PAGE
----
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Elián González

How Many T-shirts and Banners Must He Become?

by Mark A. Rogers


In the dawn of 22 November 1999, Elaine de Valle (1999) reported that Elián González, his mother and her common-law husband, along with 11 Cubans, waded through shallow waters off Cárdenas in the province of Matanzas pushing a 17- to 20-foot boat away from homes so these émigrés (immigrants) would not be seen or heard. The Cubans’ voyage was headed out into the Florida Straights to the United States of America in search of libertad y una nuevo existencia (freedom and a new life). In the high profile international debate over whether Elián should be repatriated to his papá in Cuba or allowed to remain in Miami with relatives, de Valle maintains there also are the life stories or generative legacies of the 11 others¾who they were and why they risked this deadly voyage. Through the interviews with the two adult survivors and the family of the dead émigrés in this country and Cuba, pieced together with the narrative of the U.S. Border Patrol, de Valle and The Miami Herald tried to re-create this tragic journey, which in this writer’s opinion helps to illuminate why Elián González is so many T-shirts and banners for so many peoples in our global family of cultures vying for their right to reality.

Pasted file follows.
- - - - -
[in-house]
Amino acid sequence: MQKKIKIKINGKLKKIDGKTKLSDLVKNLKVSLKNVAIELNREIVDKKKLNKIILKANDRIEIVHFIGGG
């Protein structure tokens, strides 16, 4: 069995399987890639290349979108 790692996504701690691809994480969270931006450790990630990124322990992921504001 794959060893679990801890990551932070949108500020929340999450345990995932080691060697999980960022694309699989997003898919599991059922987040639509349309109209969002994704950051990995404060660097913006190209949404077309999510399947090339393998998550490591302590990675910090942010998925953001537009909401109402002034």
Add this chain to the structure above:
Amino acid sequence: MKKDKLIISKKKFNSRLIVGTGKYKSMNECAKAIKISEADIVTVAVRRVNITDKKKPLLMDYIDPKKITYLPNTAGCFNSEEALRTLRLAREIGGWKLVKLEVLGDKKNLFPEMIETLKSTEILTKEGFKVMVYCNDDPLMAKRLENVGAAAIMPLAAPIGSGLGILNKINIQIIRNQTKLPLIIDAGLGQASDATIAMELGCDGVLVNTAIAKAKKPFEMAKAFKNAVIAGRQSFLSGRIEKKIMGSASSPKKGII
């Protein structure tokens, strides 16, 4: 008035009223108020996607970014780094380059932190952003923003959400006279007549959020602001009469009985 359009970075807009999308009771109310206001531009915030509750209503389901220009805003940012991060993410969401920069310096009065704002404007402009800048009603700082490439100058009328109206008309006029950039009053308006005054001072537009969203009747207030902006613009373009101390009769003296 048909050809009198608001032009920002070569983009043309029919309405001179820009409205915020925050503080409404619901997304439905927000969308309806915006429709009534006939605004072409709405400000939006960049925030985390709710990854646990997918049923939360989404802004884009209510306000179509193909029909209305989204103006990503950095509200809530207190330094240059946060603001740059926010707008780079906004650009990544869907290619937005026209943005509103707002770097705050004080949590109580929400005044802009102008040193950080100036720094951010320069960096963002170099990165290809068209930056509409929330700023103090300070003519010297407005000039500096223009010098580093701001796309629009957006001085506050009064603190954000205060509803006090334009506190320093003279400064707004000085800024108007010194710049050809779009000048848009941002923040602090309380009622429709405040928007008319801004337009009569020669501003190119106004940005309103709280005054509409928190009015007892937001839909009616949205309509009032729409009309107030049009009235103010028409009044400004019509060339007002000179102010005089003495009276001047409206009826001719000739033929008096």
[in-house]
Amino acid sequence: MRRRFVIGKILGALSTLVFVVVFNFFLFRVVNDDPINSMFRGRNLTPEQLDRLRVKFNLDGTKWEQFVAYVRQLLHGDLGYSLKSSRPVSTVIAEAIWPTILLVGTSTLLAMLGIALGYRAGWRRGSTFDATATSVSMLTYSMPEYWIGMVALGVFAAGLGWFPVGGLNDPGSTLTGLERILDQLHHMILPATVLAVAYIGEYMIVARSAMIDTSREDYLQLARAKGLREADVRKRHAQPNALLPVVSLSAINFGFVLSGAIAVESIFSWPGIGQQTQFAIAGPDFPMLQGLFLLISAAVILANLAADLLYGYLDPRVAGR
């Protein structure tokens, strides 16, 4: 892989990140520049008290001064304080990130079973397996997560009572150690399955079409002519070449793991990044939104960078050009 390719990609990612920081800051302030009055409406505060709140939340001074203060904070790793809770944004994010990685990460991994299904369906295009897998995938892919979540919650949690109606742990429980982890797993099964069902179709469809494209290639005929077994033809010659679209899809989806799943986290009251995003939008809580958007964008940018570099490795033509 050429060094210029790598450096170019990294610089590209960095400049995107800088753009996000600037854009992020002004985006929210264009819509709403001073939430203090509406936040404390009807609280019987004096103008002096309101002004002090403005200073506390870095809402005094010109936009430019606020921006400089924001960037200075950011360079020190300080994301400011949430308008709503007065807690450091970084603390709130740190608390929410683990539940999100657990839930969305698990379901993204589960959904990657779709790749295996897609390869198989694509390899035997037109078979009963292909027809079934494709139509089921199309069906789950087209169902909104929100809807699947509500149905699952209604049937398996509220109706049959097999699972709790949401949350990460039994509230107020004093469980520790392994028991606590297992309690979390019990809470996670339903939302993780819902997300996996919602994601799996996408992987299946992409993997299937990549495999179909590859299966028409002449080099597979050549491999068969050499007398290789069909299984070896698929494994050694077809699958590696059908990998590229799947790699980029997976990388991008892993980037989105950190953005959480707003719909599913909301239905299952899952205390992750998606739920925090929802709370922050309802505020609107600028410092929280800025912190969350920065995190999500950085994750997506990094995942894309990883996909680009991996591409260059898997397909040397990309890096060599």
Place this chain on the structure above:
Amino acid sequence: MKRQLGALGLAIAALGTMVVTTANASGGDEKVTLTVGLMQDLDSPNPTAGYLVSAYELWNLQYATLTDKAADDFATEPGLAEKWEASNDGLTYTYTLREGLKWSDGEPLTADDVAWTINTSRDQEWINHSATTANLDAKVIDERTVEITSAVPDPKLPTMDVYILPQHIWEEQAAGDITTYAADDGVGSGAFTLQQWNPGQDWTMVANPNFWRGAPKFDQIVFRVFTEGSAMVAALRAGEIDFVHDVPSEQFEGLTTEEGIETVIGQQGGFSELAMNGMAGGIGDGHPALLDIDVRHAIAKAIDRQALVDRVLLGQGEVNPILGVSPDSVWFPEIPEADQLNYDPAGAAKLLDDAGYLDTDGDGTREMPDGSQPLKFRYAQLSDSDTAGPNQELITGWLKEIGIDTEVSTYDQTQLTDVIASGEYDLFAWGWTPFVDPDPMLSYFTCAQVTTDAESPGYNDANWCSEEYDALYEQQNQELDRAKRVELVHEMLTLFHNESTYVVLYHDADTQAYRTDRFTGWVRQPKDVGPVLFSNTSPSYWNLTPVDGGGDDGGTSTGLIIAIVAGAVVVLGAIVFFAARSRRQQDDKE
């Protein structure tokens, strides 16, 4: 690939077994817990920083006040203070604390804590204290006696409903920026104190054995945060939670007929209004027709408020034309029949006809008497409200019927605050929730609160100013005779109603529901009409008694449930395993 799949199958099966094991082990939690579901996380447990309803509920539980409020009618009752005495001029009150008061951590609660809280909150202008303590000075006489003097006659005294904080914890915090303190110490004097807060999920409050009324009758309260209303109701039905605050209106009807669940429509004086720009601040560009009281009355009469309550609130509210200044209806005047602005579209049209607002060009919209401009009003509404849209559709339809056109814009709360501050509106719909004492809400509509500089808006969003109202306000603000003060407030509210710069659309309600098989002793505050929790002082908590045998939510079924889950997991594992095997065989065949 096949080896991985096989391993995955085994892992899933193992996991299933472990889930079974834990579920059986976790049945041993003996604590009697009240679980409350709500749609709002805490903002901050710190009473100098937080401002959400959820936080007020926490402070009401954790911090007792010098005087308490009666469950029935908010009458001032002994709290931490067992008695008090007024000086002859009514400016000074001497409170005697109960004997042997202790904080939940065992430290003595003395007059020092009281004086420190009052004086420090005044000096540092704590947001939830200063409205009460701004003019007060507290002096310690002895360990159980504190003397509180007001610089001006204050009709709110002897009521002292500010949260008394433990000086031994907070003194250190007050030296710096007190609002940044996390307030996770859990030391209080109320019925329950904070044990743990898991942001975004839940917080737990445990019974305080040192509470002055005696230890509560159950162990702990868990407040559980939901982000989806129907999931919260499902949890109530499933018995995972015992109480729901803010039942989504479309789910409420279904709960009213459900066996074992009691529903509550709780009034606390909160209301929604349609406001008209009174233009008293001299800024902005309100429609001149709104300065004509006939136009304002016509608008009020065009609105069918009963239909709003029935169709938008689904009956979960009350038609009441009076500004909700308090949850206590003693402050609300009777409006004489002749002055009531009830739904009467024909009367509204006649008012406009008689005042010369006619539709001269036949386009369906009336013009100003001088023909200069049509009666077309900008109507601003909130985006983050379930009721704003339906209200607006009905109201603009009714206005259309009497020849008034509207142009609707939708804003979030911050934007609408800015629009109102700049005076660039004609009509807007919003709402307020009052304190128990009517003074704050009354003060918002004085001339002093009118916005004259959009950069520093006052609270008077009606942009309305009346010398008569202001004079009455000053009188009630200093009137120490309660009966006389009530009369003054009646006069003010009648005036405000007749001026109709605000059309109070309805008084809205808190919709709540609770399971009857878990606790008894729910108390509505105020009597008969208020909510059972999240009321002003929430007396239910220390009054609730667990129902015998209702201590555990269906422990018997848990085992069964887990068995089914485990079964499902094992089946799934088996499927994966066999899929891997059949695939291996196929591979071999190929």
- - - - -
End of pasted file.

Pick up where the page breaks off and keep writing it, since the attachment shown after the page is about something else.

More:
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Copyright © 2000, Mark A. Rogers, M.S., M.A., Psy.D.
All rights reserved.
Honisa Behavioral Treatment Centers, Inc.
Chicago, Illinois

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